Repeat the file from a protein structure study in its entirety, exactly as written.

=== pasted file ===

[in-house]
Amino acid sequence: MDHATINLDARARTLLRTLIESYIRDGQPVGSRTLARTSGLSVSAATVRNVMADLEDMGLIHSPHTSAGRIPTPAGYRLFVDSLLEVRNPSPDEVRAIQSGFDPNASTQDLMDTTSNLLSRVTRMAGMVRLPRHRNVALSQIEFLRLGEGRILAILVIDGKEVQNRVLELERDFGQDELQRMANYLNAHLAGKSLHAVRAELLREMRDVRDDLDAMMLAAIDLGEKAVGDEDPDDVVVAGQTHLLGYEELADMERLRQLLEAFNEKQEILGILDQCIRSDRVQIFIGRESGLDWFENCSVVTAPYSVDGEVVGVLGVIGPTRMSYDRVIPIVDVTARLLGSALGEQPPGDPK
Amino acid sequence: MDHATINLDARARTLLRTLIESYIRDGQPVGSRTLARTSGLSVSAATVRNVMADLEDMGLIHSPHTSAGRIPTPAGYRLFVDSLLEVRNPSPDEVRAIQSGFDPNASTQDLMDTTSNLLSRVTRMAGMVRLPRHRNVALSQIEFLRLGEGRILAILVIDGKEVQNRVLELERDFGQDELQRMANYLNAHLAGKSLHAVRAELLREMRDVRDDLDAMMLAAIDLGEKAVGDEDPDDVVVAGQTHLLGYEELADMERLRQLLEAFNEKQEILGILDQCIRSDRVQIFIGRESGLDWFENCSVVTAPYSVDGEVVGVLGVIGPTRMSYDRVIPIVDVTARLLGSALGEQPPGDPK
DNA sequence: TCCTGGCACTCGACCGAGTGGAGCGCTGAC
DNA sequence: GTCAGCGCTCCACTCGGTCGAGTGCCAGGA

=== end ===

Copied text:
[in-house]
Amino acid sequence: MDHATINLDARARTLLRTLIESYIRDGQPVGSRTLARTSGLSVSAATVRNVMADLEDMGLIHSPHTSAGRIPTPAGYRLFVDSLLEVRNPSPDEVRAIQSGFDPNASTQDLMDTTSNLLSRVTRMAGMVRLPRHRNVALSQIEFLRLGEGRILAILVIDGKEVQNRVLELERDFGQDELQRMANYLNAHLAGKSLHAVRAELLREMRDVRDDLDAMMLAAIDLGEKAVGDEDPDDVVVAGQTHLLGYEELADMERLRQLLEAFNEKQEILGILDQCIRSDRVQIFIGRESGLDWFENCSVVTAPYSVDGEVVGVLGVIGPTRMSYDRVIPIVDVTARLLGSALGEQPPGDPK
Amino acid sequence: MDHATINLDARARTLLRTLIESYIRDGQPVGSRTLARTSGLSVSAATVRNVMADLEDMGLIHSPHTSAGRIPTPAGYRLFVDSLLEVRNPSPDEVRAIQSGFDPNASTQDLMDTTSNLLSRVTRMAGMVRLPRHRNVALSQIEFLRLGEGRILAILVIDGKEVQNRVLELERDFGQDELQRMANYLNAHLAGKSLHAVRAELLREMRDVRDDLDAMMLAAIDLGEKAVGDEDPDDVVVAGQTHLLGYEELADMERLRQLLEAFNEKQEILGILDQCIRSDRVQIFIGRESGLDWFENCSVVTAPYSVDGEVVGVLGVIGPTRMSYDRVIPIVDVTARLLGSALGEQPPGDPK
DNA sequence: TCCTGGCACTCGACCGAGTGGAGCGCTGAC
DNA sequence: GTCAGCGCTCCACTCGGTCGAGTGCCAGGA